The point here is not just to find out your life’s satisfaction right now, but to stop and think about as you answer these questions, what kind of comes to your mind. What parts of your life… how do you evaluate whether you’re satisfied with your life or not? Do you weigh each item or area that you’re thinking about the same? Now if you could just take a minute, and you can do that, you can answer them from one to seven and you can see the scale there on the side. But the focus here is more on to try to get a sense of, well, when the students are reading some items like this and answering it, what might be going on in their mind, just to get in their mindset. I’ll just take one minute to do that. Again, the point here is try to get a sense of what students might be thinking and how they answer these questions. If you’re curious, all they do when they actually score this, is they actually just have a scale like … Oops, sorry, got to go back.They have a scale like this and they actually don’t have norms that they put it at. It’s just if people say they’re satisfied, like in these national studies, they just say they’re happy is basically what they’re doing on this. The students aren’t doing this particular scale, but we’ll get into that.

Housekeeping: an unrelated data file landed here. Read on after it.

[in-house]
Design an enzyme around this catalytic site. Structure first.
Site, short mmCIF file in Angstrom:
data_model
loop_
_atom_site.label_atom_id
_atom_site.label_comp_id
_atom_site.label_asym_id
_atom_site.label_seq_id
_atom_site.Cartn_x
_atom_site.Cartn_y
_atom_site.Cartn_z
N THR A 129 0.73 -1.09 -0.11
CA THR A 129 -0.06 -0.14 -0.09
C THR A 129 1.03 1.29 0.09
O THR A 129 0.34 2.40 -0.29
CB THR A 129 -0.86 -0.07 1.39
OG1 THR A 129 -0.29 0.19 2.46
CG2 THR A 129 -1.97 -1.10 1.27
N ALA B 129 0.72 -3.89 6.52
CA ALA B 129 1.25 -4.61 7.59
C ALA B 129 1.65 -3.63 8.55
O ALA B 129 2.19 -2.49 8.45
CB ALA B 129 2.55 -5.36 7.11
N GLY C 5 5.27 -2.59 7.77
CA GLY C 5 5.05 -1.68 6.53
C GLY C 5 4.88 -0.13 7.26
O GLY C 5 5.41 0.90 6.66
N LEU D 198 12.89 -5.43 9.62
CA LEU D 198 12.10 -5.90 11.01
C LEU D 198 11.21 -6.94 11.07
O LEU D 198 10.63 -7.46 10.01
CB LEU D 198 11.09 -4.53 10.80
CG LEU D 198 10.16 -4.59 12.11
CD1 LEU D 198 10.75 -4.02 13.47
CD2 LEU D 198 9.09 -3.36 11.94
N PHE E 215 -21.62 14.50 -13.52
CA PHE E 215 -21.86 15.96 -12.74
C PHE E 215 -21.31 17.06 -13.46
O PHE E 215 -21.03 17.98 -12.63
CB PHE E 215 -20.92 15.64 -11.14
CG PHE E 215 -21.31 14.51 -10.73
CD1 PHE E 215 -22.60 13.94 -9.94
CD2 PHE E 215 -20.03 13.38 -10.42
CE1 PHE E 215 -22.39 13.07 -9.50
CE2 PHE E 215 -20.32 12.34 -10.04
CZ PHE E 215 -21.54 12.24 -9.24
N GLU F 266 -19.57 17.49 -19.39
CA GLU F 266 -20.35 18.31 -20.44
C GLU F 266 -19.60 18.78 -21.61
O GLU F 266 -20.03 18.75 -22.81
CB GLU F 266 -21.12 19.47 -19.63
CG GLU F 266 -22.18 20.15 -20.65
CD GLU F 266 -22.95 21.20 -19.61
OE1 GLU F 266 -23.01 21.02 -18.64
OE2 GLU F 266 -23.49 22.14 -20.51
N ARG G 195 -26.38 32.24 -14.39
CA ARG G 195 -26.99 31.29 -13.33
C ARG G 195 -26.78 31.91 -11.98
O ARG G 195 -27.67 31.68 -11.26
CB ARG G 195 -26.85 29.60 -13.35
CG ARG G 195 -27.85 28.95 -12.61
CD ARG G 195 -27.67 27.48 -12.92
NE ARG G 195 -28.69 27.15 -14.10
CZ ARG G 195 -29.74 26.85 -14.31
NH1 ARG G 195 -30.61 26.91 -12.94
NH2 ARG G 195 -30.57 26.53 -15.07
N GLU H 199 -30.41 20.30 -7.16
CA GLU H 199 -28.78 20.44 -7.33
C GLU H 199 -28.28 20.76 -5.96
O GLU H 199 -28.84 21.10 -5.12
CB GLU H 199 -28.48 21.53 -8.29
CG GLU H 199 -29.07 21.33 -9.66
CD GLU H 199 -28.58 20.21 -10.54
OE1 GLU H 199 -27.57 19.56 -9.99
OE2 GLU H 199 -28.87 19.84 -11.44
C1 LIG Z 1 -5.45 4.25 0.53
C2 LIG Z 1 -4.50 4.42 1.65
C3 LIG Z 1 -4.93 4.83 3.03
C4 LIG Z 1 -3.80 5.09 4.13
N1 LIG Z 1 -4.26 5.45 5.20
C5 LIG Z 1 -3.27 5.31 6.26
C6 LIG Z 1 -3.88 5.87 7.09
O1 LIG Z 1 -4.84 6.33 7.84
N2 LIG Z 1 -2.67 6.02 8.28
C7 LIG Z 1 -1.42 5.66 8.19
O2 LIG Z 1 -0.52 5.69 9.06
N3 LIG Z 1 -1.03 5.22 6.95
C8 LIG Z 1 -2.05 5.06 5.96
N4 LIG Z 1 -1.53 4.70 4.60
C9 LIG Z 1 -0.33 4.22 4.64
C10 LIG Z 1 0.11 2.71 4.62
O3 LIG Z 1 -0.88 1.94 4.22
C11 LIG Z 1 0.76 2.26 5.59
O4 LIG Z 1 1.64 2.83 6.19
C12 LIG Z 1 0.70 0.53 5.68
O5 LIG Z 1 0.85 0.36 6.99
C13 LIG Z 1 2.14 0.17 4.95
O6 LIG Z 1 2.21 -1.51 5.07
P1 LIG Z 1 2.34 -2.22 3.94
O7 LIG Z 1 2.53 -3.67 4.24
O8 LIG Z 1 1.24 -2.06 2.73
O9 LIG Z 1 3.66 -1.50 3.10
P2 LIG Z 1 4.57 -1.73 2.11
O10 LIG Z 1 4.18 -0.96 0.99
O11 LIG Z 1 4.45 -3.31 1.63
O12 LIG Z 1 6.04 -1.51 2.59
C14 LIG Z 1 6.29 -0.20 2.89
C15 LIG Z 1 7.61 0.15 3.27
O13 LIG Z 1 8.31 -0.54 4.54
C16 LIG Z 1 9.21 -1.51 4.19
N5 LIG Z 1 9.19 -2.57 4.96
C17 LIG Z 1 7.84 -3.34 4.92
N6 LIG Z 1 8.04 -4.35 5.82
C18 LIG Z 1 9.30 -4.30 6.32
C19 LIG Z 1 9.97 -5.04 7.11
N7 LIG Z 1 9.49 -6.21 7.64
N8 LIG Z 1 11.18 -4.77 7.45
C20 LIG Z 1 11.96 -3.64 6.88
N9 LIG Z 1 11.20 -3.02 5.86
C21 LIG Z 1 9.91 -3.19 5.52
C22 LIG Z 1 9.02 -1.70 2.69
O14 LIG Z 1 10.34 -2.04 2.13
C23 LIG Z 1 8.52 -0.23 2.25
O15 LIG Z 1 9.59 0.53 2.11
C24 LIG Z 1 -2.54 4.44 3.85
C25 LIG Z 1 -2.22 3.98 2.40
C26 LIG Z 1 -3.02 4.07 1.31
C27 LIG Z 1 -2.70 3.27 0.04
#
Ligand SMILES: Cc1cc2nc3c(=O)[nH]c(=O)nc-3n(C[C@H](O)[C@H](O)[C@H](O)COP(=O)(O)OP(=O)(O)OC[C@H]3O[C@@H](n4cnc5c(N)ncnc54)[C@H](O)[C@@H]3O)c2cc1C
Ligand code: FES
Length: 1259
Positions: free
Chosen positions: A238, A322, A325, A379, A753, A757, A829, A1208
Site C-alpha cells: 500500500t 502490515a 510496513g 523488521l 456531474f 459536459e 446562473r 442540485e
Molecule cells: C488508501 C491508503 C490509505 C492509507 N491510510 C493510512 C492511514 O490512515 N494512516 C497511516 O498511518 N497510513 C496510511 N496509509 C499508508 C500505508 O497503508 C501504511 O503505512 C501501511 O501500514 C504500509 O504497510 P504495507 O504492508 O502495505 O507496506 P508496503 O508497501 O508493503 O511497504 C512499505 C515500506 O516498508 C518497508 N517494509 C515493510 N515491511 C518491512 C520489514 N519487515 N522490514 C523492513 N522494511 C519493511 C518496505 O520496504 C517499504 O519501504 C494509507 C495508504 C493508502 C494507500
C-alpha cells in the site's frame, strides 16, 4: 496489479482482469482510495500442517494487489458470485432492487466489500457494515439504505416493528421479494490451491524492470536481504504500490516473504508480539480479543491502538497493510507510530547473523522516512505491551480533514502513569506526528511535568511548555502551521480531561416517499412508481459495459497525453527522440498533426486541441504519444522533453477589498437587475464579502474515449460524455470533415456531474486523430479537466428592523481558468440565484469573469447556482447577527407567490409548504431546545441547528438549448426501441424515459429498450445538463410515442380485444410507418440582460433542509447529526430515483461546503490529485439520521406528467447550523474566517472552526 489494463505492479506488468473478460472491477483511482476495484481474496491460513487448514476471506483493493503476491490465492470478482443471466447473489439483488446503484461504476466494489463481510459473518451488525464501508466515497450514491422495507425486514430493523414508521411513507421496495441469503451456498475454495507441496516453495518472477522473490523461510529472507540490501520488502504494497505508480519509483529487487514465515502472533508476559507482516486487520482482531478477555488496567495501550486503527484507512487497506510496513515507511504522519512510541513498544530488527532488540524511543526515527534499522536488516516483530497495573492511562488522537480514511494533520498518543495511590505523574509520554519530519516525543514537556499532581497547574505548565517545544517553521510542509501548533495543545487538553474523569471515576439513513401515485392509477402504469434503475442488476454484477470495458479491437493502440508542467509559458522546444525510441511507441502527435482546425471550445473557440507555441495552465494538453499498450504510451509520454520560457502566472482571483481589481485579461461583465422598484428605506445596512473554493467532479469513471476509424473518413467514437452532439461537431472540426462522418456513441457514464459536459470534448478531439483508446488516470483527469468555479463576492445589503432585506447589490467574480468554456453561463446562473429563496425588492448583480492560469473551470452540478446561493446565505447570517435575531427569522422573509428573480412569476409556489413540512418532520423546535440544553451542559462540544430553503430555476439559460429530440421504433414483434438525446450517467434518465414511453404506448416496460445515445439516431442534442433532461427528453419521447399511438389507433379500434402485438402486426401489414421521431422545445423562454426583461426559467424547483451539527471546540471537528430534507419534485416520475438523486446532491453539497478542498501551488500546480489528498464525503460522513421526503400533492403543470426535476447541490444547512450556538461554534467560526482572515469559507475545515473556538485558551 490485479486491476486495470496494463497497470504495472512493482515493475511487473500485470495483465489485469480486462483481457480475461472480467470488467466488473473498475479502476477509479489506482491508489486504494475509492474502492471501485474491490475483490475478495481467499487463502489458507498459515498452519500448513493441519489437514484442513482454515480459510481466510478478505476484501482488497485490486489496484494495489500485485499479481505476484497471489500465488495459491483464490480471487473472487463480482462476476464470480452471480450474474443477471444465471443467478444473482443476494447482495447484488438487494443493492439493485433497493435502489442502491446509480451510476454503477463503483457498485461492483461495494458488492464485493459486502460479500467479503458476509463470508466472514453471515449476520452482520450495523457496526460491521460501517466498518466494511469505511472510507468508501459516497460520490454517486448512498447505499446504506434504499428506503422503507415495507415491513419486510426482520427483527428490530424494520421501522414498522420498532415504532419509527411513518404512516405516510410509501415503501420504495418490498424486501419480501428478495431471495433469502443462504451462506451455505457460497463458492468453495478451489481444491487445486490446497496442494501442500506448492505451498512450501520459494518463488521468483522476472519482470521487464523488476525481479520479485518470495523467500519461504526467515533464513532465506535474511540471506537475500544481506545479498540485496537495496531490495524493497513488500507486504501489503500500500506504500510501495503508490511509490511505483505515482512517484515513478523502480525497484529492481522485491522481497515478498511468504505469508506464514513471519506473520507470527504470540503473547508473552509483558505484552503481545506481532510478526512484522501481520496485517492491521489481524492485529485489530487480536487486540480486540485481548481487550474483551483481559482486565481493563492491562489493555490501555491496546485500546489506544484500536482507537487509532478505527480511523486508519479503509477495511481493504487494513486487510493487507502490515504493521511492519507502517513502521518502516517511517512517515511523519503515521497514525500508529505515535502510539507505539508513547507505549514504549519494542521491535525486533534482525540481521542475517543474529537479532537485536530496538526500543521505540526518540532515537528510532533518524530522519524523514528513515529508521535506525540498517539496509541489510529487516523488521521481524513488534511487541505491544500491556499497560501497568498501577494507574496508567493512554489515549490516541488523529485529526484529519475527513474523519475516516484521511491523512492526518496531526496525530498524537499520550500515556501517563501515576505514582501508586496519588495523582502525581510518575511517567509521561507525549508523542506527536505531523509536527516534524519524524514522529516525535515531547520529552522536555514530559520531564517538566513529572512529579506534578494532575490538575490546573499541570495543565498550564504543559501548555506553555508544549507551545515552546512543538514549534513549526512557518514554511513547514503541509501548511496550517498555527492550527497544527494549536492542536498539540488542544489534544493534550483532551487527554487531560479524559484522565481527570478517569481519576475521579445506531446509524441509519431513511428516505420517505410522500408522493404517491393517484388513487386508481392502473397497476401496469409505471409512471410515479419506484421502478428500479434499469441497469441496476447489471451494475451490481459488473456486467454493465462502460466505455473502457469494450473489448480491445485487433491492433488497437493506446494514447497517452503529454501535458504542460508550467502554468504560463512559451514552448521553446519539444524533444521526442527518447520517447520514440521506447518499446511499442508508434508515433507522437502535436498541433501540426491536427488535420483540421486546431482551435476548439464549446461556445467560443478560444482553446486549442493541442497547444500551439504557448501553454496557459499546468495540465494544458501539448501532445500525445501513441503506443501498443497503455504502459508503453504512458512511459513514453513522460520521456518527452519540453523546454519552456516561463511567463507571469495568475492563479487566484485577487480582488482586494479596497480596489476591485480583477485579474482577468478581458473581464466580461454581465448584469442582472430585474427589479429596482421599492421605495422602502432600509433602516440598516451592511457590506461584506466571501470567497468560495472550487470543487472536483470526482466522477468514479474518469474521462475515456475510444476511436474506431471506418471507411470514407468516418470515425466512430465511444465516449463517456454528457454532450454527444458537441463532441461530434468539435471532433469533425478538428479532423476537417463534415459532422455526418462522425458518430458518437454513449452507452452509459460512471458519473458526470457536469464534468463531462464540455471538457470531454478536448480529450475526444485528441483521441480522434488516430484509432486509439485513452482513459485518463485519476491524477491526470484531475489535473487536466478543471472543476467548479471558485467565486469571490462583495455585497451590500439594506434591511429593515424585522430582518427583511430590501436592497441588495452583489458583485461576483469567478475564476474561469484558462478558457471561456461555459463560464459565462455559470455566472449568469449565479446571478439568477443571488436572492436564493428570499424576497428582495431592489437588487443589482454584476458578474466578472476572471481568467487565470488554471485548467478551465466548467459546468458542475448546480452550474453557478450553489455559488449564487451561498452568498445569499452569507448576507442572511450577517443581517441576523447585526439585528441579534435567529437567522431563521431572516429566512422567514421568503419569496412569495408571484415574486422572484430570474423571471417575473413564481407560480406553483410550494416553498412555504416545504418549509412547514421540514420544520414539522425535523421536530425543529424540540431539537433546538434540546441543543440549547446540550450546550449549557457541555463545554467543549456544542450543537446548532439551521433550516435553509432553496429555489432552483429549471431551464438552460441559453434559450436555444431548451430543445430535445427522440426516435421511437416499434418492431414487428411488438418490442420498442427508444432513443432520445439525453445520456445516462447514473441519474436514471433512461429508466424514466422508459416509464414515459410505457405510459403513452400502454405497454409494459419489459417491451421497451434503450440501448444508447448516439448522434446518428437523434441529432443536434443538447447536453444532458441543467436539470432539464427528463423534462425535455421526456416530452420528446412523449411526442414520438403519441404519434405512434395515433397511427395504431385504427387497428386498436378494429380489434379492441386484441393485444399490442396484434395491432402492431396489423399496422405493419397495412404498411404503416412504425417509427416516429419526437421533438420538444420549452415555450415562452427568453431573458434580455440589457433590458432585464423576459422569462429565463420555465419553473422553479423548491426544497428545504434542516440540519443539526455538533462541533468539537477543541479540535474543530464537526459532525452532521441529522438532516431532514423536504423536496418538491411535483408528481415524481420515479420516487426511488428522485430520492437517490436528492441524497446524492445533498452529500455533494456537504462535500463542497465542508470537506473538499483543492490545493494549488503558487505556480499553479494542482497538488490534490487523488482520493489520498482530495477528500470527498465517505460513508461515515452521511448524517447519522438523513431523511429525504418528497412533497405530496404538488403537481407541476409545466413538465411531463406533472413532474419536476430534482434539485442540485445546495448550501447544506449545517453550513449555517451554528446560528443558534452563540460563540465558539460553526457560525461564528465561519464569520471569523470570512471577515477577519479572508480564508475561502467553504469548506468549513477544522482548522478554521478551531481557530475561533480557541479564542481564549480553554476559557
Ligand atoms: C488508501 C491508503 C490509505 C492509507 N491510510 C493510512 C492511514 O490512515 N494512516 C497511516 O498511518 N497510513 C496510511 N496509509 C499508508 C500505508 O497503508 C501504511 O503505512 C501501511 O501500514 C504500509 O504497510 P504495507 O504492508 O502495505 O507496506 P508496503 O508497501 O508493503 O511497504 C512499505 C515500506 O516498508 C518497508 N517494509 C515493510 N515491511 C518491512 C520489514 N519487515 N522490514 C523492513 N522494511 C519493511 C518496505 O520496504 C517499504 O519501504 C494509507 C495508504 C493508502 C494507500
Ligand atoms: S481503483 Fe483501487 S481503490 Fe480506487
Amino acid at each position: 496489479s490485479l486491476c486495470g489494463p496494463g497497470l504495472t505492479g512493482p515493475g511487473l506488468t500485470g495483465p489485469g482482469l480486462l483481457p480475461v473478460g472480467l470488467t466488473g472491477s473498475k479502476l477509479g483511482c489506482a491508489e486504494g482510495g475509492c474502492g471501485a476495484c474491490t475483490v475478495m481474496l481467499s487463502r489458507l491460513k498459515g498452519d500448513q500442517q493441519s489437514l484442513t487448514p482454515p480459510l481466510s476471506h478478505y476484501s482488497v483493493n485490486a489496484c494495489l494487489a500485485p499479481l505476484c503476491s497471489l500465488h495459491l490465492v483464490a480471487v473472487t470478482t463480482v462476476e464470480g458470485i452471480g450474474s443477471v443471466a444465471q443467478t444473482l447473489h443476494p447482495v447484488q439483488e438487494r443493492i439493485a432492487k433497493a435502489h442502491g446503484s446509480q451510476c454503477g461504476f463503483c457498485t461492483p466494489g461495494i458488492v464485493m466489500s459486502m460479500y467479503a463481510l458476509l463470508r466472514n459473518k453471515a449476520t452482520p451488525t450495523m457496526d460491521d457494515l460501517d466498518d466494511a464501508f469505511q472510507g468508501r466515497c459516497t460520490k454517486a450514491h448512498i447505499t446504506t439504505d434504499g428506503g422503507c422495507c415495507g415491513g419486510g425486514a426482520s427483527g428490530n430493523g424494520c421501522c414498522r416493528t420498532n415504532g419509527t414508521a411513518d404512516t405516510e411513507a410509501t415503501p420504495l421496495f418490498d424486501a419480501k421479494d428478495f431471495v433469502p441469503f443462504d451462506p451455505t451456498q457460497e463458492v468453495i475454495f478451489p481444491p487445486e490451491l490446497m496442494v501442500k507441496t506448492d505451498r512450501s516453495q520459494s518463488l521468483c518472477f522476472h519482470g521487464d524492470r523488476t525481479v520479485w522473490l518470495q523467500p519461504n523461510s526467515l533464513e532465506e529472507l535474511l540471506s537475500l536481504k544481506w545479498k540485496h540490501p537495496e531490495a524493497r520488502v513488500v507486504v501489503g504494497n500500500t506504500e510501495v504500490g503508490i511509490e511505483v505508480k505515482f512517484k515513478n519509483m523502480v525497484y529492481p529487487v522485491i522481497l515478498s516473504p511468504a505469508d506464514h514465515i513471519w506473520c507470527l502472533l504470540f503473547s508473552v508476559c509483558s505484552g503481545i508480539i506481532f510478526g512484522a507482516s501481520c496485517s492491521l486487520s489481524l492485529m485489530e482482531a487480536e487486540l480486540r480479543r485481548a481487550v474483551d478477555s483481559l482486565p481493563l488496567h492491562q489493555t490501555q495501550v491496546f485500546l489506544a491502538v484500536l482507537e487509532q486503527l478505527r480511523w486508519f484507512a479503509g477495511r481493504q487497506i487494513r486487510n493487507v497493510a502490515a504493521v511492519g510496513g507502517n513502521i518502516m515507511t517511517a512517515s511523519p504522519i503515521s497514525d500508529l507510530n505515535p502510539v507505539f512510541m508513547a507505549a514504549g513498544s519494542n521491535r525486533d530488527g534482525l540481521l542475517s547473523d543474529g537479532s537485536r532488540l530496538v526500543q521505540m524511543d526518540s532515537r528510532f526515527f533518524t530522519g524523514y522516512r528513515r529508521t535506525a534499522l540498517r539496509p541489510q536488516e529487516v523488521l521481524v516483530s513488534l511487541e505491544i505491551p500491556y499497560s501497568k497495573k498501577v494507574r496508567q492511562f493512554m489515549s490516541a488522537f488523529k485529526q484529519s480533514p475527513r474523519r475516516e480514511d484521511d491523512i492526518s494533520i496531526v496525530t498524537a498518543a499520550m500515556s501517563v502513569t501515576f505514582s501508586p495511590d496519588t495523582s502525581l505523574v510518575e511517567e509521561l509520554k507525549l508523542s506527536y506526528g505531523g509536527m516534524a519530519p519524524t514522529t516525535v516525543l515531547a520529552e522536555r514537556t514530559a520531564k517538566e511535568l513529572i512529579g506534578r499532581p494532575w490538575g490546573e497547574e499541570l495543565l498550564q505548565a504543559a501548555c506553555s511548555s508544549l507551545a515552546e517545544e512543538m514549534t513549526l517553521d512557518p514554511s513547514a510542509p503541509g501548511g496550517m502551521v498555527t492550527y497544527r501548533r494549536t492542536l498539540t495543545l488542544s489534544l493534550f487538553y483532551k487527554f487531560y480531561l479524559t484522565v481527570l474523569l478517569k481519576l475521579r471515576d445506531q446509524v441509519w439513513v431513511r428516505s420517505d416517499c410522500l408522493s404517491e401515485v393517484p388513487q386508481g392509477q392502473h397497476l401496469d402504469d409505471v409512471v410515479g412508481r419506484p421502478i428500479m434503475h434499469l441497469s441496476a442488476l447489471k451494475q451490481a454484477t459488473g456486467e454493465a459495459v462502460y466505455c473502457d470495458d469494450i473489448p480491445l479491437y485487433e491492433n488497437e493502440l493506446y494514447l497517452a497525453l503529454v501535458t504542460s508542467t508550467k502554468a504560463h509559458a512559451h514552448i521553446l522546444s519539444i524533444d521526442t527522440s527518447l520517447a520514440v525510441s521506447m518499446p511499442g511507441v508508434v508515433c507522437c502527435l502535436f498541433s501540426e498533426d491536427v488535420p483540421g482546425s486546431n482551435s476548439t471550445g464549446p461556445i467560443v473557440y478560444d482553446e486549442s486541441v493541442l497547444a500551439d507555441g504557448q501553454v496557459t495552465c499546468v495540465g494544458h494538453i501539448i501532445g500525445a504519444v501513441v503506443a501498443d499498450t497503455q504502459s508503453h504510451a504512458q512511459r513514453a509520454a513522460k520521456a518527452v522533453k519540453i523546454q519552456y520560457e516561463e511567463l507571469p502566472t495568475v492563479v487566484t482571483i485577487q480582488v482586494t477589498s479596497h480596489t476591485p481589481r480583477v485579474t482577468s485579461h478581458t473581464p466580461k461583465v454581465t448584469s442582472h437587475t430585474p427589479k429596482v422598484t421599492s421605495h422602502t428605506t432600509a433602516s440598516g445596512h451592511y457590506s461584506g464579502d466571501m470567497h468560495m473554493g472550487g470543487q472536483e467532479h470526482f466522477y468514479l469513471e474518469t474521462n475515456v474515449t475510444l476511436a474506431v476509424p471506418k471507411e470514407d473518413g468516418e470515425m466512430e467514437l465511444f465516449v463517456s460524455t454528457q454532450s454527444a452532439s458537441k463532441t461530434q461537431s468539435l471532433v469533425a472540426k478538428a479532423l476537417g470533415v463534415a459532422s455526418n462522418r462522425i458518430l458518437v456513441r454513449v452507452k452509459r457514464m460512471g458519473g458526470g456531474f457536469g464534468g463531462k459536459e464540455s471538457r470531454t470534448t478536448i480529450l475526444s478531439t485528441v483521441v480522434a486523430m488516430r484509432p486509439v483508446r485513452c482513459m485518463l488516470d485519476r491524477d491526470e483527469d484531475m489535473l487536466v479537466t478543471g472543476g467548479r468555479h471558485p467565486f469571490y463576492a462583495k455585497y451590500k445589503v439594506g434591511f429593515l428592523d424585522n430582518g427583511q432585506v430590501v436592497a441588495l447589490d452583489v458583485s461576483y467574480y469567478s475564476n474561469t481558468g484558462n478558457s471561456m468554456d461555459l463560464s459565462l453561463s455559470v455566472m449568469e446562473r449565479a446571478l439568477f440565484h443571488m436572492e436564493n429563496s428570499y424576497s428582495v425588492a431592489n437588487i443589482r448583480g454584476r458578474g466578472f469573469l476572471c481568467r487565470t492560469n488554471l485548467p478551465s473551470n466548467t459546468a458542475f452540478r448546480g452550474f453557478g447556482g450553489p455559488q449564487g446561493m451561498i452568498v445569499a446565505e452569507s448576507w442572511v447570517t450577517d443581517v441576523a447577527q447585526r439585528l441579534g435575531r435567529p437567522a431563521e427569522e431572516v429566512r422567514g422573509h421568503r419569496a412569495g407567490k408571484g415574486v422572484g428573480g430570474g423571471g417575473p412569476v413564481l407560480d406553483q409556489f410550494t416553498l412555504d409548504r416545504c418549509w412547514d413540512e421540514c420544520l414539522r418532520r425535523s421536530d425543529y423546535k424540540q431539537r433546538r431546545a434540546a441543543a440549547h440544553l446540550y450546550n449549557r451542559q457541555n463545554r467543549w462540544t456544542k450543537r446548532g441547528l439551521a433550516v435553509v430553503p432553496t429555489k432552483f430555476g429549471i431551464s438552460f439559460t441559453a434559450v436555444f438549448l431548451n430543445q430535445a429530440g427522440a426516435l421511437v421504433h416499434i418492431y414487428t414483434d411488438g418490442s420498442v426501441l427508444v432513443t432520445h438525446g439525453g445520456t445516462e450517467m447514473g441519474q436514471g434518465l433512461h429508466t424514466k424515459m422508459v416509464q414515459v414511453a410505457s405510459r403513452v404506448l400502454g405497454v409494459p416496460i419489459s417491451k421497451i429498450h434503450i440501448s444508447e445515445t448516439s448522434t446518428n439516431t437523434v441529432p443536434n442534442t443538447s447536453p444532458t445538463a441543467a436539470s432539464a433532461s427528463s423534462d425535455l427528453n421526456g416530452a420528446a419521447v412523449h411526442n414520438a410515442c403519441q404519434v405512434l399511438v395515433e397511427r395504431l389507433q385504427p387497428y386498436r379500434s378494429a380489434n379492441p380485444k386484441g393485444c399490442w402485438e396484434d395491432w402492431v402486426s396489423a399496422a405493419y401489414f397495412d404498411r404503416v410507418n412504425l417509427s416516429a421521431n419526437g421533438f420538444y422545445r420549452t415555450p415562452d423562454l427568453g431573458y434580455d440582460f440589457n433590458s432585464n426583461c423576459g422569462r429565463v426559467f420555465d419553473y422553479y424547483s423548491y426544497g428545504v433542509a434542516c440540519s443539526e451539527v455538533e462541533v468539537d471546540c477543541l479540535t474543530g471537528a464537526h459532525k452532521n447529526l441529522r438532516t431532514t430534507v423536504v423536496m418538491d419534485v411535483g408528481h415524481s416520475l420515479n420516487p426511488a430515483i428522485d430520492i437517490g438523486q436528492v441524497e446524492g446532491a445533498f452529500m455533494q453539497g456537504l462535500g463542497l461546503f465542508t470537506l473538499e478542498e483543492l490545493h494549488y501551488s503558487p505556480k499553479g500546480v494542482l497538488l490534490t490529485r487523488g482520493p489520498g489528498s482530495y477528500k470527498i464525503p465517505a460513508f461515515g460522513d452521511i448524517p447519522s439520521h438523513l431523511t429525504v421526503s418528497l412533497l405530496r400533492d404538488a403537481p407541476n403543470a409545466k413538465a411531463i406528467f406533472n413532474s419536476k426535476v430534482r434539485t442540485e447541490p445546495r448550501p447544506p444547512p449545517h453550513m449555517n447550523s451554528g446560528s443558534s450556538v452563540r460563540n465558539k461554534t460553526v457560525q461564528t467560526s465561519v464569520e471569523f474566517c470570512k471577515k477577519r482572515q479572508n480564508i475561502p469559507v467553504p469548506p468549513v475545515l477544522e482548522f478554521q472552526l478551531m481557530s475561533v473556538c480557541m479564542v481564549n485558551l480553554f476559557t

So further, what we’ll talk about today is we’ll talk about those 10 items and show you what they are, the life satisfaction scale, an emotional distress scale. We’ll show you how the items are scored. Tom will later show you how that information is actually in your dashboard, so you can actually do a deeper dive to try to understand the characteristics of the students who are saying they’re higher in life satisfaction or lower. We’ll show you some responses of over half a million California students. So we have a good database to kind of get an idea of how students in California are responding to this.